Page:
On Thursday night, the BALTIMORE RAVENS defeated the New York Jets, 42-21, to clinch their second-consecutve AFC North division title.
Green Bay and San Francisco each qualified for the postseason after missing the playoffs last season. From 1990-2018 – a streak of 29 consecutive years – at least four teams have qualified for the playoffs in every season that were not in the postseason the year before. With a win on Sunday Night Football, the BUFFALO BILLS can also qualify for the playoffs after missing the postseason in 2018.
This week, with Sunday Night Football and Monday Night Football remaining, 19 players recorded at least two offensive touchdowns (rushing and receiving), including a four-touchdown game from Cardinals running back KENYAN DRAKE.With two games remaining in Week 15, the 19 such performances of at least two offensive touchdowns are the second-most in a single week in NFL history, trailing only Week 13 of the 1983 season (20 players with at least two touchdowns).
Seattle quarterback RUSSELL WILSON passed for 286 yards with two touchdowns and zero interceptions for a 137.7 passer rating in the Seahawks‘ 30-24 win at Carolina.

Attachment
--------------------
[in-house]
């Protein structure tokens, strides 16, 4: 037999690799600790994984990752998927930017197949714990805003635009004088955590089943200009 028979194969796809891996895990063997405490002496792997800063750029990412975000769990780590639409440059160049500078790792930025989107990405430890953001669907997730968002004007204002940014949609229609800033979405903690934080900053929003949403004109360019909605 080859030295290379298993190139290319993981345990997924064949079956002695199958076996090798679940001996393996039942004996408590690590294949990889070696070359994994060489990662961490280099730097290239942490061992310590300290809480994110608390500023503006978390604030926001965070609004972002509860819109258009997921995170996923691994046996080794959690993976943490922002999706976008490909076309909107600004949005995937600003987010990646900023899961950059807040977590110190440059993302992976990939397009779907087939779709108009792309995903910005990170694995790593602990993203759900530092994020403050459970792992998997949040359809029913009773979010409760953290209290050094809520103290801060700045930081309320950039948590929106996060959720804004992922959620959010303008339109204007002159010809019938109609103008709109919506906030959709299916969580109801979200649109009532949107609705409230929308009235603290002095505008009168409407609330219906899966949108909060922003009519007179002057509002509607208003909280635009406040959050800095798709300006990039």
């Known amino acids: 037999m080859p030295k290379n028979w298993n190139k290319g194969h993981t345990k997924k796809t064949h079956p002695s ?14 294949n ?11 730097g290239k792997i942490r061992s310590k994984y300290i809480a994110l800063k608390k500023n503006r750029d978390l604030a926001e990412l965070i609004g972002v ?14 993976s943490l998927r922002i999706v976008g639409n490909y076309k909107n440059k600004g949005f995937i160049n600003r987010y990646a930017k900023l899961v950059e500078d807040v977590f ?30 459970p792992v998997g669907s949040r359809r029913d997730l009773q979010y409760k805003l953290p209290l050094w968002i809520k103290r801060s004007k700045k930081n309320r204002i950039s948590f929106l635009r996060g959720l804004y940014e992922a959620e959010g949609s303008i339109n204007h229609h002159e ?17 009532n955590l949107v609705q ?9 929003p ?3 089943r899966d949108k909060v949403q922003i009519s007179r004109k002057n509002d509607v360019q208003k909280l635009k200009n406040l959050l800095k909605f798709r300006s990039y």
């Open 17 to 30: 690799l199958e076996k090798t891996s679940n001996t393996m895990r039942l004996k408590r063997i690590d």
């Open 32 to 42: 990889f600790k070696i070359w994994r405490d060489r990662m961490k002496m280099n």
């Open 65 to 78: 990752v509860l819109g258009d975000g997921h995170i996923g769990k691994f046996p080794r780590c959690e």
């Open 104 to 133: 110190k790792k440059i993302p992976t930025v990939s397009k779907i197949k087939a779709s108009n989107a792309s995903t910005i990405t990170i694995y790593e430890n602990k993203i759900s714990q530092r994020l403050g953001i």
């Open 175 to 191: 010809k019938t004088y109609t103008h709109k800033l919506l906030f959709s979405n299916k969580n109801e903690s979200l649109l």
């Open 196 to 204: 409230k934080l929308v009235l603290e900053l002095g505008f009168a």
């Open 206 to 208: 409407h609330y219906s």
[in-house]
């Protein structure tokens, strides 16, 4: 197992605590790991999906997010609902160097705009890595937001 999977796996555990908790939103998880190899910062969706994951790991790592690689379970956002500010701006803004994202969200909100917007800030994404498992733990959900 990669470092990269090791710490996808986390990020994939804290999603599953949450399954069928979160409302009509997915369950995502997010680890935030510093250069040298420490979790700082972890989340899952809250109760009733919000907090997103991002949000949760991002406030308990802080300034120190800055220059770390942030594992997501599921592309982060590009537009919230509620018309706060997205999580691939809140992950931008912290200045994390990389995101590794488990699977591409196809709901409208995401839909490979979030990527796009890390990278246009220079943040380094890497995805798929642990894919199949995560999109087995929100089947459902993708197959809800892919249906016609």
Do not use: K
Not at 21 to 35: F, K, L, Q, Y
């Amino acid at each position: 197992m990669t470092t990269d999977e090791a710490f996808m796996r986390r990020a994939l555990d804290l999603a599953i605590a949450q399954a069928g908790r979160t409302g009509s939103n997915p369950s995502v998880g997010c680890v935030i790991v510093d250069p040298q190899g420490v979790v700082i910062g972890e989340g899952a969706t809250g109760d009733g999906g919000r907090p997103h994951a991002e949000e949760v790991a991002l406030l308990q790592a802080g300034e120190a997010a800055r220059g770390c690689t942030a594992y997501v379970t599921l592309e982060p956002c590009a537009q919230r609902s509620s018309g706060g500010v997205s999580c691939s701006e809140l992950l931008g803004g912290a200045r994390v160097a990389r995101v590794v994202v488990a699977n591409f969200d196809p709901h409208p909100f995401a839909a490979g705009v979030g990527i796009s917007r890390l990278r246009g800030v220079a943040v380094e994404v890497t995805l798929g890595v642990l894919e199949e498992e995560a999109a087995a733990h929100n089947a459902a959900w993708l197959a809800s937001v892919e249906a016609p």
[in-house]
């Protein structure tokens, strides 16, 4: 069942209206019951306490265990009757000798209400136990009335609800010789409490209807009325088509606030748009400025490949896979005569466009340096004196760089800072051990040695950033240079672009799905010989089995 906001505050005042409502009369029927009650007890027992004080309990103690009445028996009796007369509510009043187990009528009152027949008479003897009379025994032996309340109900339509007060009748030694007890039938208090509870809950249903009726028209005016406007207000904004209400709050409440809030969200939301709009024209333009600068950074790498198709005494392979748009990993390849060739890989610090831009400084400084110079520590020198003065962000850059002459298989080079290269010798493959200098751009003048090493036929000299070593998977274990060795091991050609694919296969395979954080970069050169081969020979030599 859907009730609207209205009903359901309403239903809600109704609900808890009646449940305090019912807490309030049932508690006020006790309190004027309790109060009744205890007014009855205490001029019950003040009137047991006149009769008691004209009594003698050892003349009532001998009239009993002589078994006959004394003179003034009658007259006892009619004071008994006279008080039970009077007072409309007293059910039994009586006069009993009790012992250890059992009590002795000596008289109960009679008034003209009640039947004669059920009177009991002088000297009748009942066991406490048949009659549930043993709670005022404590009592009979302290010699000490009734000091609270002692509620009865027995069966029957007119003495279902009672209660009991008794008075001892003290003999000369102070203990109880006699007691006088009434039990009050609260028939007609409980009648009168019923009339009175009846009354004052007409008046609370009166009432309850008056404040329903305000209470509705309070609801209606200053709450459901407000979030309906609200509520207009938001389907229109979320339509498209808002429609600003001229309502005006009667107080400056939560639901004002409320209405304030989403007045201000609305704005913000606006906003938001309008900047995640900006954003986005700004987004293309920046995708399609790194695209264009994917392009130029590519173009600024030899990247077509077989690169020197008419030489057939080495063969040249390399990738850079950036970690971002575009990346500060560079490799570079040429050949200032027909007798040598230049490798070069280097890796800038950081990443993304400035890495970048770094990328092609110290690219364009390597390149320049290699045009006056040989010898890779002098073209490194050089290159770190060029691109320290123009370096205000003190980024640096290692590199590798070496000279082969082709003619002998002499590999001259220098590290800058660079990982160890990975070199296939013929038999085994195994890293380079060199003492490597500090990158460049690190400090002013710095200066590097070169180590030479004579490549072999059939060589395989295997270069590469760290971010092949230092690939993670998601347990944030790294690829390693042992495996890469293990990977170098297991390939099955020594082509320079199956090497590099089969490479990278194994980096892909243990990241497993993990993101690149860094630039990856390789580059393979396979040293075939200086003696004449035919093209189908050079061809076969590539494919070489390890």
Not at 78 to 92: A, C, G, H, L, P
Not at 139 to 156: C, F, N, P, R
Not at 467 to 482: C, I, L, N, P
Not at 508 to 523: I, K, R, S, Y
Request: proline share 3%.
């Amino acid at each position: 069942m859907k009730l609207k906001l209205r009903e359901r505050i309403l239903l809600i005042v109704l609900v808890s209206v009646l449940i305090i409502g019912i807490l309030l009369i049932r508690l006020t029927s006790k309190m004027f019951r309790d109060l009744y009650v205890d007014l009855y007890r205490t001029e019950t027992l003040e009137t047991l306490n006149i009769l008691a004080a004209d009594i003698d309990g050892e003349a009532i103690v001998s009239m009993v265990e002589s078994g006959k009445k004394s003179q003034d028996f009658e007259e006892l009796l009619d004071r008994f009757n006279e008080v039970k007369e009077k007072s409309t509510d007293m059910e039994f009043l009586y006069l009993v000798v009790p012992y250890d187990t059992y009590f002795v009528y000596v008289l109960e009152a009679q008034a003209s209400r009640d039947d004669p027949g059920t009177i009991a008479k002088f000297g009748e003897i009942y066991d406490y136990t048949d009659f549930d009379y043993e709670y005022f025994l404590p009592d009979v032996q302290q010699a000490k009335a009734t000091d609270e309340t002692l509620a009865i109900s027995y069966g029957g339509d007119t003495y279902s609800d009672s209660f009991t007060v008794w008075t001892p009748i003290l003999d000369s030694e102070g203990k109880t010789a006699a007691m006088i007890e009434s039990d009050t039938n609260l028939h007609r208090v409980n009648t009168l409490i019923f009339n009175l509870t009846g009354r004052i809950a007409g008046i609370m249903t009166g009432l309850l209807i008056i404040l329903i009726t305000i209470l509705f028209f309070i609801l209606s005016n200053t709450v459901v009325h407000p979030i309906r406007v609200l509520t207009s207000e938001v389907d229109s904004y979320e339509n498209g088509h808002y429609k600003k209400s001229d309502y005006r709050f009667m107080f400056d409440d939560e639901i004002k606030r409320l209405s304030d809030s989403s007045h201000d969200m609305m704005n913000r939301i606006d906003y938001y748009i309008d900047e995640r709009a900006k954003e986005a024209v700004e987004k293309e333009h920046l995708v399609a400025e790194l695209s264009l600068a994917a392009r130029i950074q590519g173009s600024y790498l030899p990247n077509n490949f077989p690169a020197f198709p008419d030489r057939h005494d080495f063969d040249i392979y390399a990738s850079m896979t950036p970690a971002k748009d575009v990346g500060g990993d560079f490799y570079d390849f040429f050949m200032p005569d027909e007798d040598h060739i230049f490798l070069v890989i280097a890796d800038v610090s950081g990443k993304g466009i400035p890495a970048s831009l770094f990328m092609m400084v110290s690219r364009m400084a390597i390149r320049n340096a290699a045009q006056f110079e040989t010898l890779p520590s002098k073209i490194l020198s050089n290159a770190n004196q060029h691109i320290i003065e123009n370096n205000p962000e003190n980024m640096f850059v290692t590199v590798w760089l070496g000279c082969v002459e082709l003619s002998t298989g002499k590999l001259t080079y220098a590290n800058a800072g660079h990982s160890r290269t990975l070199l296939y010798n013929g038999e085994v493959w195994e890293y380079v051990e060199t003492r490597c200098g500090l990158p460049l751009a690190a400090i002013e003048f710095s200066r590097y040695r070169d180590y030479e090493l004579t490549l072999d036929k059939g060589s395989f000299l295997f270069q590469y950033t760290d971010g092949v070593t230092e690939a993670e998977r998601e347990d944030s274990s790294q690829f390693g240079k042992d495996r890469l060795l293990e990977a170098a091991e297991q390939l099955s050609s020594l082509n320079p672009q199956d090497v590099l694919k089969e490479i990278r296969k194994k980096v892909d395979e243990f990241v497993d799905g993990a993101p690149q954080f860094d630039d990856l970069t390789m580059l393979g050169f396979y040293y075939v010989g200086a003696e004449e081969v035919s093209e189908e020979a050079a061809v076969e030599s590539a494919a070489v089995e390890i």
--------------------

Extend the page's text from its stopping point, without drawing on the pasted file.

Wilson, currently in his eighth NFL season, has 86 career regular-season wins, tied with TOM BRADY (86) for the most regular-season wins by a quarterback in his first eight seasons in league annals.
Panthers running back CHRISTIAN MCCAFFREY had eight receptions and recorded 175 scrimmage yards (88 receiving, 87 rushing) with two rushing touchdowns on Sunday.
McCaffrey has six career games with at least 75 rushing yards and 75 receiving yards, tied with Pro Football Hall of Famer WALTER PAYTON (six games) for the third-most such games since 1970. Only Pro Football Hall of Famer MARSHALL FAULK (11 games) and PRIEST HOLMES (nine) had more.
McCaffrey, who had 107 receptions – the most by a running back in a single-season in NFL history – in 2018, has 94 catches in 2019 and joined LARRY CENTERS (1995 & 1996) as the only running backs with at least 90 receptions in multiple seasons in NFL history.